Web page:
—Submitted by a parent


Posted November 15, 2011

This is our second year at Stonewall and we just love it!! Our daughter is getting a great education and all of the teachers and staff are wonderful. The parent involvement at Stonewall is amazing and I have met some of my best friends there.
—Submitted by a parent


Posted November 12, 2011

We are in our fifth year at Stonewall Jackson and have been thrilled with the high-quality education our children have received. Stonewall is a great neighborhood school with a strong principal, committed teachers, and great parent involvement. The garden stands out uniquely among public schools, offering the type of hands-on learning that studies show is so much more effective than classroom work alone. Teachers combine science, writing, art, and countless other subjects in this outdoor classroom.
—Submitted by a parent


Posted November 12, 2011

Our son is in 4th grade at Stonewall, and we couldn't be happier with the education he has received. We chose to send him to Stonewall after researching private schools, and we are very pleased with our decision.
—Submitted by a parent


Posted November 12, 2011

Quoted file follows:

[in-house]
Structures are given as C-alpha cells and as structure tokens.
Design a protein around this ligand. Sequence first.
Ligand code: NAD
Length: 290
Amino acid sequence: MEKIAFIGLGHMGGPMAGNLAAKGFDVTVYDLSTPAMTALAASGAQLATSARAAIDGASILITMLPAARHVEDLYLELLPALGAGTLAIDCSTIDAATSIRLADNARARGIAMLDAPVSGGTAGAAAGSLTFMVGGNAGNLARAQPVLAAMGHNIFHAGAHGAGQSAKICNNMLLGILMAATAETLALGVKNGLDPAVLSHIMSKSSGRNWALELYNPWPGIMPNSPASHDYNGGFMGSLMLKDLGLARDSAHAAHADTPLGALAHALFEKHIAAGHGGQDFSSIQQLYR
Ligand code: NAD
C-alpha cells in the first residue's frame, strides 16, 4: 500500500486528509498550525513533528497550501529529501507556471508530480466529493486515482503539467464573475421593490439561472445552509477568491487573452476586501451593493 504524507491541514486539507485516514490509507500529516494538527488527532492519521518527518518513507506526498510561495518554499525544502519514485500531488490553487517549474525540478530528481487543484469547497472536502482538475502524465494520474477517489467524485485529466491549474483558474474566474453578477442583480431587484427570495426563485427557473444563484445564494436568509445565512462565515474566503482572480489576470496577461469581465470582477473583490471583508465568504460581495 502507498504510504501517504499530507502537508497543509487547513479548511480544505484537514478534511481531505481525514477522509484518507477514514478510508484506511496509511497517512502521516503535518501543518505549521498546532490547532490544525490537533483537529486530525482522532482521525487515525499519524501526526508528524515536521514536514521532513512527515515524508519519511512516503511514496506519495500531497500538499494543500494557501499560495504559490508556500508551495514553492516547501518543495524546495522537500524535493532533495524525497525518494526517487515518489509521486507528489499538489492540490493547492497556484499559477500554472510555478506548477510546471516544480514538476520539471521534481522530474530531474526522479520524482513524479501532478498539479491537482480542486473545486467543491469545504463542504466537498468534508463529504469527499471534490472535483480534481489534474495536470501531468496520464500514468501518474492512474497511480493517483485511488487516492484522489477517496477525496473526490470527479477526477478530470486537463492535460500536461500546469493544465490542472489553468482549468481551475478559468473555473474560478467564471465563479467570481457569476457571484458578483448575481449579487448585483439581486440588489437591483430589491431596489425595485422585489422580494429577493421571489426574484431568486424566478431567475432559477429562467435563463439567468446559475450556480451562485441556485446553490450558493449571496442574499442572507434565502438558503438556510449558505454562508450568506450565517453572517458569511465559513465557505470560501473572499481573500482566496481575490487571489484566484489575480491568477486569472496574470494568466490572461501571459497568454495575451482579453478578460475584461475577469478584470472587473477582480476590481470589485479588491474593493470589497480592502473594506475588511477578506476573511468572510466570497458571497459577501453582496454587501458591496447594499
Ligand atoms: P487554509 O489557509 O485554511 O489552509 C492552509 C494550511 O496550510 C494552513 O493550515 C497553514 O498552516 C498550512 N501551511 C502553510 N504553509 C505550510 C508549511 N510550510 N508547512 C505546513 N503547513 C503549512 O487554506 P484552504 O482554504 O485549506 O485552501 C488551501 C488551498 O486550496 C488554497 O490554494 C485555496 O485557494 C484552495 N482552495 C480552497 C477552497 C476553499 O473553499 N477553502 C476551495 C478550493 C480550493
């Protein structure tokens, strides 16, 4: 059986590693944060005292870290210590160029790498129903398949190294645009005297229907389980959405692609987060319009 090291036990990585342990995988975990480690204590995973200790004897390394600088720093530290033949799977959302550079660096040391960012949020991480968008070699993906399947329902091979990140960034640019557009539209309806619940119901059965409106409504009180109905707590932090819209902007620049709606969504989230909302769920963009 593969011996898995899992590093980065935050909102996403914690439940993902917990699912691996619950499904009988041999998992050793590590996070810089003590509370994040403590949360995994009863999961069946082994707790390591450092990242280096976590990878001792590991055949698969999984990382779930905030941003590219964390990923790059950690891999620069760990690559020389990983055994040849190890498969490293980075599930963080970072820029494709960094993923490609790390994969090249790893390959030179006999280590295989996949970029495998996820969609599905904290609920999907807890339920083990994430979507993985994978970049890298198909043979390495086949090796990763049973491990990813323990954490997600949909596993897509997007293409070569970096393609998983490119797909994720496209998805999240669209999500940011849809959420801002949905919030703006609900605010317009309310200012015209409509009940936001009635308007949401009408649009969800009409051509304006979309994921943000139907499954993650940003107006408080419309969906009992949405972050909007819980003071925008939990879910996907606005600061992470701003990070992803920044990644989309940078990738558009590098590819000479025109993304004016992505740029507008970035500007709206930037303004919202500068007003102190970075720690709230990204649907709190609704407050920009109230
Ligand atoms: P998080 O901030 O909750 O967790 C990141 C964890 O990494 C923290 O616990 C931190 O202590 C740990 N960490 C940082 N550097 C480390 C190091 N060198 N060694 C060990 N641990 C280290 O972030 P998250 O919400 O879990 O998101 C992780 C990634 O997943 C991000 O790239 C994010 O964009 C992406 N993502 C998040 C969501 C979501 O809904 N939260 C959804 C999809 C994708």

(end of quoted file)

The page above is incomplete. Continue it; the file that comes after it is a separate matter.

I have two children at Stonewall Jackson Elementary and we love everything about the school!
—Submitted by a parent


Posted November 12, 2011

Stonewall Jackson is an incredible school with educators who are top-notch. Moreoever, the school boasts one-of-a-kind programs such as Stonewall Gardens, our outdoor science lab and the regional day school for the deaf. Children are given respect and learn to respect others. Teachers lead by example and teach in a way that children are motivated to strive for nothing less than excellence. We specifically chose our home based on being within Stonewall's district and could not be more pleased.
—Submitted by a parent


Posted November 11, 2011

My family moved to Dallas 4 years ago due to a job change and I was terrified of putting my kids in Dallas Public Schools. We came from the suburbs and I wasn't sure how in the world I was going to put two kids in private school. We got moved and started meeting neighbors who told me what a great school district we had moved to and what an amazing school Stonewall Jackson is. It is so true! I have a 2nd grader and my youngest is in Kinder this year and we absolutely love it! The teachers are so wonderful and truly love our children. We have met some great friends and the parent evolvement is something to be proud of as well! I am positive my children are getting a wonderful education and are surrounded by educated, creative people-such a blessing!
—Submitted by a parent


Posted November 11, 2011